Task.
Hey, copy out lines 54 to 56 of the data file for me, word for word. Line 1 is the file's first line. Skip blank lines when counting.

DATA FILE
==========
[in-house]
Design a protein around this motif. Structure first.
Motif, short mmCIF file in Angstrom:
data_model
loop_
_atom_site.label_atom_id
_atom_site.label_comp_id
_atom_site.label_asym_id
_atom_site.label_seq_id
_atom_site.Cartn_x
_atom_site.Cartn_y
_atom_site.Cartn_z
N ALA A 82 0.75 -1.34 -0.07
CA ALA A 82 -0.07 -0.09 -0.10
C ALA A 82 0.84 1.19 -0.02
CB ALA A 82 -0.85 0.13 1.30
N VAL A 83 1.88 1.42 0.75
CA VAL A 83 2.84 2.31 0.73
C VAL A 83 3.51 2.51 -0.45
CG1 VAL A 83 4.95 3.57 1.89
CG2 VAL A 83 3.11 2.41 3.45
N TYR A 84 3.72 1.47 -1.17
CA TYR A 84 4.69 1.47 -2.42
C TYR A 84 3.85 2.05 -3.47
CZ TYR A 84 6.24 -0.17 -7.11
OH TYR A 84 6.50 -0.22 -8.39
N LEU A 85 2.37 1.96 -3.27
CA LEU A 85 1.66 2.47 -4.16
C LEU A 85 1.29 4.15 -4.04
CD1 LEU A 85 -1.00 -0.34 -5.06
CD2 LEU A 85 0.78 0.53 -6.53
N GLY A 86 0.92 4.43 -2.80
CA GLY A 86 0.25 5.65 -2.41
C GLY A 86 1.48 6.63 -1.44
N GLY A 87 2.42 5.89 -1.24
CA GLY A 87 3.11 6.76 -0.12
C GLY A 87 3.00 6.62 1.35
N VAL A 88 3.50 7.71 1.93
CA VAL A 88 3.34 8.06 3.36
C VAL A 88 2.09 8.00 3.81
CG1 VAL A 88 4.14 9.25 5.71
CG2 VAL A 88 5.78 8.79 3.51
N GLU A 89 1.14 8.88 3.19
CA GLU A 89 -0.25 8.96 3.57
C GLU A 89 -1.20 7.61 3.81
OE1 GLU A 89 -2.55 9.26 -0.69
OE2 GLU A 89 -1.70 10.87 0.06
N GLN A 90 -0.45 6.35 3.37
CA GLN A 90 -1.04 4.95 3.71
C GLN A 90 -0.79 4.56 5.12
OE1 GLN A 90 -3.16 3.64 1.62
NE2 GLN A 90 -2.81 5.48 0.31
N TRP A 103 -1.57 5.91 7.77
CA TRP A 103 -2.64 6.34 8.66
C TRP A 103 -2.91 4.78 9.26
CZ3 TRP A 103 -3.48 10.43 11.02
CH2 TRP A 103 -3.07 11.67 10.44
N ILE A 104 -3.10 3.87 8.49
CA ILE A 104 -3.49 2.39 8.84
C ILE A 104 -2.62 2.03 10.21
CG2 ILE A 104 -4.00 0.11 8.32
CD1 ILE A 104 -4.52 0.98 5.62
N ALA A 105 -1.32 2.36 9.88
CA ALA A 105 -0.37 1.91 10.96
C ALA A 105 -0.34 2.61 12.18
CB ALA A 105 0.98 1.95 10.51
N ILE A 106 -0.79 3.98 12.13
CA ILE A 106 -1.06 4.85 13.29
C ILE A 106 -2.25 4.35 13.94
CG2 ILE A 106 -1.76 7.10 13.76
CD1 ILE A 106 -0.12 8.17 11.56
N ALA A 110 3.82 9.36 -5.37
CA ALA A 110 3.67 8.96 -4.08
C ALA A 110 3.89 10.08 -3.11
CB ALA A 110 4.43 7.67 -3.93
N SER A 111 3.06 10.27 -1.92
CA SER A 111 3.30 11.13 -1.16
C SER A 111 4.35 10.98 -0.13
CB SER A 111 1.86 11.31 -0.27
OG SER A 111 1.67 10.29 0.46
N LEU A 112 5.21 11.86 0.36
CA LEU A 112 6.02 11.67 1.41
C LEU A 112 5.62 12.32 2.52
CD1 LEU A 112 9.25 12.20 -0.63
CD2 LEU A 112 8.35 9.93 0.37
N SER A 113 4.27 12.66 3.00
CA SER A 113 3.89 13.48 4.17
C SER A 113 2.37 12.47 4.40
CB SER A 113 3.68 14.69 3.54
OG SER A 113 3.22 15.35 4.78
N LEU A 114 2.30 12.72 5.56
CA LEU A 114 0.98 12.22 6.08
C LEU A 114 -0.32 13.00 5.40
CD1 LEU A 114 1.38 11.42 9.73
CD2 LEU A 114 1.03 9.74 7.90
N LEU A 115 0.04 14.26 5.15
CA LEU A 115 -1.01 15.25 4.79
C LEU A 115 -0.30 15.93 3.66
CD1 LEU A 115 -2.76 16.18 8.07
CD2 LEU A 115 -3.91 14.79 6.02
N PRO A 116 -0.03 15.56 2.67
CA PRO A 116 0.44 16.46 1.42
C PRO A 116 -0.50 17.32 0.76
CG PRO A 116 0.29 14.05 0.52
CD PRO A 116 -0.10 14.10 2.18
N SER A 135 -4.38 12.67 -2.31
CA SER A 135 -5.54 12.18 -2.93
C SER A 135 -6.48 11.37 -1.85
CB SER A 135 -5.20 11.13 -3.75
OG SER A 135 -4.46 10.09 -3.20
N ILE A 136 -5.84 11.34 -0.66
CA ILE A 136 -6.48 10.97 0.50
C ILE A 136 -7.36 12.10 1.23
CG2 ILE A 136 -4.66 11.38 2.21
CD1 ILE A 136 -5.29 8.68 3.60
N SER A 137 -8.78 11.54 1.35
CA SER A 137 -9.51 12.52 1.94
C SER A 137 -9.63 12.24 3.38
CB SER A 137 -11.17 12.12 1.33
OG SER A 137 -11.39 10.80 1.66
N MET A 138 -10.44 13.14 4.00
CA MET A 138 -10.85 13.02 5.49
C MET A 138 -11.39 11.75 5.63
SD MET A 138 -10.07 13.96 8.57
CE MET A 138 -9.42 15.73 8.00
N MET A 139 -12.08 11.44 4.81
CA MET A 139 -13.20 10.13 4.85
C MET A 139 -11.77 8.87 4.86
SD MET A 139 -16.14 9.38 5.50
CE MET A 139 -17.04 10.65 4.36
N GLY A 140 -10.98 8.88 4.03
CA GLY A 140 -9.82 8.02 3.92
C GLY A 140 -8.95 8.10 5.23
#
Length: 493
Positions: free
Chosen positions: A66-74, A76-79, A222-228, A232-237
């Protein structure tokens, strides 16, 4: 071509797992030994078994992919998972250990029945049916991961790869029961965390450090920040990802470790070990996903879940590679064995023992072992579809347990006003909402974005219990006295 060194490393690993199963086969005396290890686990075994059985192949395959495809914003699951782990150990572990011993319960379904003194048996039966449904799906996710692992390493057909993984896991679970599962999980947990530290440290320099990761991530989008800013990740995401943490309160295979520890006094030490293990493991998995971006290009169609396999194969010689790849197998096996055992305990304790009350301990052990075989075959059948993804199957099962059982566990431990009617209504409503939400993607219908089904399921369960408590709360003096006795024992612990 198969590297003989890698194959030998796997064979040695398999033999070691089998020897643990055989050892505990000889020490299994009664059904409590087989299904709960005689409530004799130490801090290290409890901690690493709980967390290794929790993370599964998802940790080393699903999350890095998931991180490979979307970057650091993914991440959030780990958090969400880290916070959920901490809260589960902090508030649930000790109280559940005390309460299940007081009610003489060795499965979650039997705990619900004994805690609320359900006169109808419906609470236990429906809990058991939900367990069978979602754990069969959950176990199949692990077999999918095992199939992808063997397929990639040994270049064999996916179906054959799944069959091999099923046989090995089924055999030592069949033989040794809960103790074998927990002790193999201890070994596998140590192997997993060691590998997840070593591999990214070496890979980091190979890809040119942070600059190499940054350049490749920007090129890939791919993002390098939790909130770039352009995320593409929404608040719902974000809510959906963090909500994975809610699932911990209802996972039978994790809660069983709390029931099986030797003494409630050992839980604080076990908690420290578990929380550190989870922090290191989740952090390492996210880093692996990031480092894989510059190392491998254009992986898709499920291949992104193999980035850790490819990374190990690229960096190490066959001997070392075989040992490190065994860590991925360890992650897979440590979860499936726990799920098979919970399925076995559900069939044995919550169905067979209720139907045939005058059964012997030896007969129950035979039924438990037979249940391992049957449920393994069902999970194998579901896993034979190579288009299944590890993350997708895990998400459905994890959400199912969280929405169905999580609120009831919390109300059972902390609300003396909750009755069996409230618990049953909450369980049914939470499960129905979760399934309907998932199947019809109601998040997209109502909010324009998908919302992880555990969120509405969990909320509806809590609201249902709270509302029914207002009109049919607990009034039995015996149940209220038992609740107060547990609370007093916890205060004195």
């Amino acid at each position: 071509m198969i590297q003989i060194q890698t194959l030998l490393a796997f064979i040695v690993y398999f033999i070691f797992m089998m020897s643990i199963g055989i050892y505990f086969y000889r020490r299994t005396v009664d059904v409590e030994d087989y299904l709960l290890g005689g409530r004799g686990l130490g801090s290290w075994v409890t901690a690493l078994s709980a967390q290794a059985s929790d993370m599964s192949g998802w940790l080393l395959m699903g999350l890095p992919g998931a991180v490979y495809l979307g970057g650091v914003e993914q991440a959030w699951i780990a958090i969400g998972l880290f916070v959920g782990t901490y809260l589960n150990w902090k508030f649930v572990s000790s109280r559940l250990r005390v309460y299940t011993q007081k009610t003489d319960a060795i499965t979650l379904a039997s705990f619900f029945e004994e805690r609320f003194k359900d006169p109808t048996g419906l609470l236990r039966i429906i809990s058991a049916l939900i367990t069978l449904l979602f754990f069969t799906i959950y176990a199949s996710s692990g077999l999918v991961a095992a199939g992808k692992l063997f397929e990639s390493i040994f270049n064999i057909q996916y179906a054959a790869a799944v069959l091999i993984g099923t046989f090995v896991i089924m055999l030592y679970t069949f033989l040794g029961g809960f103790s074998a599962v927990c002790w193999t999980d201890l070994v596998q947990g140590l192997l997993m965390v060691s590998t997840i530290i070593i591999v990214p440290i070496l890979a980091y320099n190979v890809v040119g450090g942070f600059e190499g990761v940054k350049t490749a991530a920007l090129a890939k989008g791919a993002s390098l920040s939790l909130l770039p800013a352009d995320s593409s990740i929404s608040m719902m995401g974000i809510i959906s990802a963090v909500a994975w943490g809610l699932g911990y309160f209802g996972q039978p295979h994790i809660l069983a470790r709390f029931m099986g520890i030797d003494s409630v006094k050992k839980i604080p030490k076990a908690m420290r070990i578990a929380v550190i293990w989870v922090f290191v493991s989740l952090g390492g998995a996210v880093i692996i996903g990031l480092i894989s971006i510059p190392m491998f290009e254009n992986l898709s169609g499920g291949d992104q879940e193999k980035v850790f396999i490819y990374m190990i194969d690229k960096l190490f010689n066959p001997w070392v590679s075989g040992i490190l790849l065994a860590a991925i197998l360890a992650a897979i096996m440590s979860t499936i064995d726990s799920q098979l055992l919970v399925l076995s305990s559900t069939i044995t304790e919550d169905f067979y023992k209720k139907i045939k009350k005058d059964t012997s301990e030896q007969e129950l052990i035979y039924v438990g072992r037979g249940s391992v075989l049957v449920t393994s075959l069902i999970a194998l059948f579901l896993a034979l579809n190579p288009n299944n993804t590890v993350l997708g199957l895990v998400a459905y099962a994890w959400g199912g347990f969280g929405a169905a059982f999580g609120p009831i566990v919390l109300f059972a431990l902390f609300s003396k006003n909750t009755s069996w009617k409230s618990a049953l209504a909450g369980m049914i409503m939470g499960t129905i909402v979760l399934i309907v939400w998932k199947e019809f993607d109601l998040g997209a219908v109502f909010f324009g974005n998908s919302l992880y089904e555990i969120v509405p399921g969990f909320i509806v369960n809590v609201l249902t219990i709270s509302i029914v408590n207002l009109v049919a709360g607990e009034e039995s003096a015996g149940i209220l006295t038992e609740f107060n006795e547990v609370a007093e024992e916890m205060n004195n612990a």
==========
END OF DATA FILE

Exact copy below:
CA TRP A 103 -2.64 6.34 8.66
C TRP A 103 -2.91 4.78 9.26
CZ3 TRP A 103 -3.48 10.43 11.02